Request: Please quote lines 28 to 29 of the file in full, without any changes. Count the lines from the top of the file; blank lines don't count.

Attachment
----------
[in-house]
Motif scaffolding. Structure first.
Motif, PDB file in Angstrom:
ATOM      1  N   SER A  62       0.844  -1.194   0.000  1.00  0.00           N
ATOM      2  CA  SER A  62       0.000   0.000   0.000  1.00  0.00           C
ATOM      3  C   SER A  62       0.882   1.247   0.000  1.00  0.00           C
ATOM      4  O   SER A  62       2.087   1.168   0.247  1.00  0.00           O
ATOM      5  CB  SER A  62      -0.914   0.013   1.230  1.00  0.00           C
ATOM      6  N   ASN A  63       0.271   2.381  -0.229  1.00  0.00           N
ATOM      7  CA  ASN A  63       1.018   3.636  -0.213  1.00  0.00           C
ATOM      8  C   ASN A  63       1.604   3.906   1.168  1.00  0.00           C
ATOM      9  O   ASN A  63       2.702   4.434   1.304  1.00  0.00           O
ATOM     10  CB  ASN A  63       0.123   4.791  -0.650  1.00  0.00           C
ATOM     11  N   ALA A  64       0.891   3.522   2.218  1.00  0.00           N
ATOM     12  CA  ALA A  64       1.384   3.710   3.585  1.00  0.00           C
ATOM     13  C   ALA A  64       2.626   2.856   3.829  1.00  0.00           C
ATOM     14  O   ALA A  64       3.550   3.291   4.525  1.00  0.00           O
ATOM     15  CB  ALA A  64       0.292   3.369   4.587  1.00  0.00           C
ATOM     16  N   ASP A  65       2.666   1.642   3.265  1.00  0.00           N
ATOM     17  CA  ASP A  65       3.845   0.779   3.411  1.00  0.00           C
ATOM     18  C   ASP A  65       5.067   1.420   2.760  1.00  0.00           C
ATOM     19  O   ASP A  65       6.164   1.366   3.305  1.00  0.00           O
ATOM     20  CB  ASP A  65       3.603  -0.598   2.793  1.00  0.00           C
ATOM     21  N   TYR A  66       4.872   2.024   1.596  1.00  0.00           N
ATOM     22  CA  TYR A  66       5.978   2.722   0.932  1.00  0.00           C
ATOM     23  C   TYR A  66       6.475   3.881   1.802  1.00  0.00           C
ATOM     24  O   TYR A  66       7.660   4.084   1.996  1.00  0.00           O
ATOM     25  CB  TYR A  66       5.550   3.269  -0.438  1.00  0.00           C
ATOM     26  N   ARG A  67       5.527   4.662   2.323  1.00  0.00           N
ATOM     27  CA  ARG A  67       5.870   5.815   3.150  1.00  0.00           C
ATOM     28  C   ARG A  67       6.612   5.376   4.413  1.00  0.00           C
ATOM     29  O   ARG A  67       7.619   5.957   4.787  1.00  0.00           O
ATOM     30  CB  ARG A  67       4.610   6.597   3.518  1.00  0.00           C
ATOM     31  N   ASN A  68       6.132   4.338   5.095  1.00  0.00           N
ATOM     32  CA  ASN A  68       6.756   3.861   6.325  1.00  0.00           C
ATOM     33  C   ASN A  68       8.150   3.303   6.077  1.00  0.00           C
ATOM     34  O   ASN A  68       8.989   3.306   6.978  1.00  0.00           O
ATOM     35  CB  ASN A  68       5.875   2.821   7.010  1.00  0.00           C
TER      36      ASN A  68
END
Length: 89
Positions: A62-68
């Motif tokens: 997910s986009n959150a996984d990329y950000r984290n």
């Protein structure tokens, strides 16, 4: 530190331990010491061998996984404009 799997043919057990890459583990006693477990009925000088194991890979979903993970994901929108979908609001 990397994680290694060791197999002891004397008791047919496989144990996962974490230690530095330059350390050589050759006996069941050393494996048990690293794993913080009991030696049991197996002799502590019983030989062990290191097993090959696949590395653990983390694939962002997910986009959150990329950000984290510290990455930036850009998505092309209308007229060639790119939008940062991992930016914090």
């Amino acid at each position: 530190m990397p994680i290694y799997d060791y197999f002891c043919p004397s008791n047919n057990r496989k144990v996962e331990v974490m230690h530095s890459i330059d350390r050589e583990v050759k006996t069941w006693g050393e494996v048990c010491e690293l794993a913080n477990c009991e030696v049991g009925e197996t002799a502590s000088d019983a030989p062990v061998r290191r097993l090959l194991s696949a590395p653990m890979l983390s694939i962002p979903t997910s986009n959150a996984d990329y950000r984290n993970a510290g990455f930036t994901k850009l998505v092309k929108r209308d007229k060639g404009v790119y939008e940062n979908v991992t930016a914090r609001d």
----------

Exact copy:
ATOM     25  CB  TYR A  66       5.550   3.269  -0.438  1.00  0.00           C
ATOM     26  N   ARG A  67       5.527   4.662   2.323  1.00  0.00           N